Home party

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Recently, Tong Wang's husband told her that he would not be home for dinner because he was going out with friends to this place:

I won't translate the entire flyer because there's so much English (e.g., KTV, Xbox) mixed in with the Chinese that it's pretty clear what goes on there.  I'll just mention a few items.  Most important is that the establishment is called "Only hōngpā guǎn Only 轰趴管" ("Only home party hall"), where "hōngpā 轰趴" not only stands as a partial transcription of "home par(ty)", but also conveys the notion of loudness (hōng 轰 means "bang; boom; blast; bombard; rumble") and perhaps also a bit of rowdiness (pā 趴 means "bend / lean / topple over; lie [prone]; grovel").  The usual transcription of English "party" is "pàiduì 派对" (lit., "send / dispatch correct / facing").

Although the literature on the internet tries to give "hōngpā 轰趴" a respectable pedigree in the West and among early aficionados of things Western in China during the late Qing and Republican periods, it seems to be a recent coinage.  As Qing Liao (one of my students from the PRC who tried hard to document the existence of "hōngpā 轰趴" before the last few years) puts it,

When someone in his twenties invites me to a "hōngpā 轰趴" ("home party"), I would not relate it to any forms of home party. Rather, it has a lot of elements that a home party would exclude, such as not being held at one's own home, but someplace like a  fancy house in the suburbs.

….

I would say if there is no evidence of "hōngpā 轰趴" ("home party") in earlier texts, then it is a recent invention to advertise "hōngpā guǎn 轰趴馆" ("home party halls") and was thus given an elegant origin from the West to promote a Western way of living, such as that of a young man going out to "hōngpā 轰趴"  ("home party") with friends in a large house.

[excerpts from a long message on the subject]

Here and here are a couple of links about "hōngpā 轰趴" ("home party") in Chinese.

One of the most interesting occurrences of an English term on the flyer is "nǐ out la! 你out啦!", where the English preposition "out" becomes a full-fledged Chinese verb.  I leave it Language Log readers to offer their own translations, bearing in mind the context on this advertisement.

I was thinking of titling this post "Rampant bilingualism / biscriptalism", but that should be obvious enough by itself.



5 Comments

  1. Gabriel Holbrow said,

    October 13, 2018 @ 9:05 pm

    As a possible related word to 轰趴 hōngpā, I offer the Japanese ホームパーティ (hōmupāti, i.e. a Japanized pronunciation of "home party"), which does actually mean a party held at someone's home. I am not sure how old a word ホームパーティ is, but it is at least 25 years old (based on my experience) and had probably been around a while longer than that. I doubt that ホームパーティ is the source for 轰趴, but that is a possibility. They do both share the unideomatic use of "home" (where English would have a "house party" or "party at [my] home").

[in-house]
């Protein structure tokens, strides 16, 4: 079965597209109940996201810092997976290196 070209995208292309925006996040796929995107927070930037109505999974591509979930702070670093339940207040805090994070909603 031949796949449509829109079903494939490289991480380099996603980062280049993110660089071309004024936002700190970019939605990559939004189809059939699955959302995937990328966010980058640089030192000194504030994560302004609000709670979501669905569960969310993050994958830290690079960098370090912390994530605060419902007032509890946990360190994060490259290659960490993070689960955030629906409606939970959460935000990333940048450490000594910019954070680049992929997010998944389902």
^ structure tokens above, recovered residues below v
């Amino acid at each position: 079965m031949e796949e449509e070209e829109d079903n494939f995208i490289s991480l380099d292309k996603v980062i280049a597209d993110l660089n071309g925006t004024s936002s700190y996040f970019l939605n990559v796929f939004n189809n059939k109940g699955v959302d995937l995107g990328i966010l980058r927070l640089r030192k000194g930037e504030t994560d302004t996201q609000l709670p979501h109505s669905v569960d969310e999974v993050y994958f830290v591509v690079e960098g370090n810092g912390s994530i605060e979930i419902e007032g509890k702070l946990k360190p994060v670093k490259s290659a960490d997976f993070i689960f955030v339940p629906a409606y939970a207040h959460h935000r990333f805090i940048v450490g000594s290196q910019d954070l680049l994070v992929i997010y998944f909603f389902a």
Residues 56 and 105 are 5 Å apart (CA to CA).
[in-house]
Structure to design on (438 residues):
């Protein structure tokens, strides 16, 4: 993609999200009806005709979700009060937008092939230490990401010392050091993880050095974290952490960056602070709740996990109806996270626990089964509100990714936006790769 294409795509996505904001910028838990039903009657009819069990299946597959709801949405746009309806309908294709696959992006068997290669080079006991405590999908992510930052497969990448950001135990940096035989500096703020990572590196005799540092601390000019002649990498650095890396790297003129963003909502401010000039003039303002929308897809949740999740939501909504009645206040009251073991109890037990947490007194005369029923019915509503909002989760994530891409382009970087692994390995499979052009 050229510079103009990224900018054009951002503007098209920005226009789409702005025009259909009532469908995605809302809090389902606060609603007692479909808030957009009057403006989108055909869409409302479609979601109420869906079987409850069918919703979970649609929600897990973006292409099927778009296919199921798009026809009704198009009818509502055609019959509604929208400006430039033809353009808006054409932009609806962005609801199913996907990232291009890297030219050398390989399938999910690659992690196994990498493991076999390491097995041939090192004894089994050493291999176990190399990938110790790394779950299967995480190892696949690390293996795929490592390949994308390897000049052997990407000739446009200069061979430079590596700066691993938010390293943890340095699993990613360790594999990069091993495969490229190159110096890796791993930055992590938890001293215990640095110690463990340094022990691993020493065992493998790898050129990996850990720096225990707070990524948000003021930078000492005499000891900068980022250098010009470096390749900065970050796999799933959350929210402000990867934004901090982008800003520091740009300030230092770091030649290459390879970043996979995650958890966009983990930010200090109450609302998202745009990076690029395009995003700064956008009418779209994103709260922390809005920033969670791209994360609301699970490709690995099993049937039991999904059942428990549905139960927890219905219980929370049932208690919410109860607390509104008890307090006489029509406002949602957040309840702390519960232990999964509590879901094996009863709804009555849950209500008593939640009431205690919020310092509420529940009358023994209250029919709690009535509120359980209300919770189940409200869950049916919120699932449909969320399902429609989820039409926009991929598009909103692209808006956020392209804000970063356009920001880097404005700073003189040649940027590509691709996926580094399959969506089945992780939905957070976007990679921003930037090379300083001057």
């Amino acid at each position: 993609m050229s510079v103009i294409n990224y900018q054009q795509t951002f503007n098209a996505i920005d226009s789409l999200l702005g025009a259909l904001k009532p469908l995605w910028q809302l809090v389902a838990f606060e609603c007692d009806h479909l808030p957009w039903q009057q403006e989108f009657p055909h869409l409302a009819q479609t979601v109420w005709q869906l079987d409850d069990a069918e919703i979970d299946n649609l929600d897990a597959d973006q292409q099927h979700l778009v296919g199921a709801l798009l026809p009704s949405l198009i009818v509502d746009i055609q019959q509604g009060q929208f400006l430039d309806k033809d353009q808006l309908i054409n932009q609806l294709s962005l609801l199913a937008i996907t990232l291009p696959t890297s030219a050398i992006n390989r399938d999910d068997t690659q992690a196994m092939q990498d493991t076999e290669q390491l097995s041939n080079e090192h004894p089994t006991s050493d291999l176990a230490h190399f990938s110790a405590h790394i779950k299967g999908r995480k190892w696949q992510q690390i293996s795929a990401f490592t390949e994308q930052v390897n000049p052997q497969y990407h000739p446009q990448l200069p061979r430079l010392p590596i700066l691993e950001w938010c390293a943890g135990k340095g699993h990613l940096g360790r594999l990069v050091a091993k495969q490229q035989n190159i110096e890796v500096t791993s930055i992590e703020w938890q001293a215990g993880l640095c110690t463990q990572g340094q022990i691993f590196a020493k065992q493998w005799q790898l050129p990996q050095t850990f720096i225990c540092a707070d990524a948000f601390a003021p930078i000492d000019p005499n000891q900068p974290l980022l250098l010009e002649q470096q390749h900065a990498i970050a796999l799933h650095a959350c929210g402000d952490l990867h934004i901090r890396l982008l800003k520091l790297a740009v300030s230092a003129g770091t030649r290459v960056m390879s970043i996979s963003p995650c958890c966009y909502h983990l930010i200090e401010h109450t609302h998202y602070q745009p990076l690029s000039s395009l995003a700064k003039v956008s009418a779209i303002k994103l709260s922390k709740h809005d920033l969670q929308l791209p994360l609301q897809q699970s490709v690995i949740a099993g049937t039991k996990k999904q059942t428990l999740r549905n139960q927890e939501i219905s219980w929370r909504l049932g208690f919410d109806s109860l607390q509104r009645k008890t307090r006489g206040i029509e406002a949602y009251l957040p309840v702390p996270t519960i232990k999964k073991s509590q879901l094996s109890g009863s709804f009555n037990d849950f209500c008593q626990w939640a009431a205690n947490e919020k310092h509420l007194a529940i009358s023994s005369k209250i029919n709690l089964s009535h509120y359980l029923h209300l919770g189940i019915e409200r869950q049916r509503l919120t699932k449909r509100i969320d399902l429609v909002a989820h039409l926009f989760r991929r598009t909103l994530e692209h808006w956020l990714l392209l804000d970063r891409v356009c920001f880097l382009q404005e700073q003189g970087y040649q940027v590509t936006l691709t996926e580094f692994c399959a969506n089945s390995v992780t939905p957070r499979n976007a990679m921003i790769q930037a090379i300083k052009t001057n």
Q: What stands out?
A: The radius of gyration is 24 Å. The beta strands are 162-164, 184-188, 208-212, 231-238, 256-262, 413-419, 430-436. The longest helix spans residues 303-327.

2. Bathrobe said,

    October 14, 2018 @ 1:05 am

    I always thought of "你out啦!" as being "You are out!", for instance, the context of a game (a contestant disqualified from the game). Are there Chinese TV programs that use "Out了" for contestants who have been disqualified?

  3. Jonathan Smith said,

    October 14, 2018 @ 6:00 pm

    Taiwanese news articles seem to use 轟趴 beginning from the late nineties / early aughts, though there tending to suggest specifically (group) (gay) sex and illicit drugs. Definitely newish (?) in China is the 轰趴馆 like that advertised here, i.e., space for rent by the hour where one may host one's own (more "wholesome"?) psuedo-house-party. Gabriel's idea that hong1pa1 could be a Japanese loan word is a good one esp. as "home party" is not idiomatic English…

  4. julie lee said,

    October 14, 2018 @ 11:03 pm

    "Home" becomes "hong" in "hong pa" (home party). That's because Mandarin doesn't have the sound "home" but has a syllable "hong"

    For the same reason, a lot of Chinese say "dahng tahng" (vowel like English "ah") instead of "down town" and "fong" instead of
    "phone" . Many other English words ending in -n also get -ng endings in Mandarin.

    I heard a Chinese professor give a lecture in beautiful English, but sure enough, he said "dung" (rhyming with "lung" ) instead of "down".

    I wonder if the frequency of -ng endings in Chinese speech was the reason for the old phrase "ching chong Chinaman" poking fun at the Chinese.

  5. Nicki said,

    October 25, 2018 @ 1:52 am

    In my experience, this Out means that you haven't kept up with the current fashions or trends, similar to the meaning in this sentence: Plaid is out this year and stripes are in!

    So in the context of the flyer above, if you're still going to restaurants or KTVs you're OUT (of style) and you should try the new IN thing, home party!

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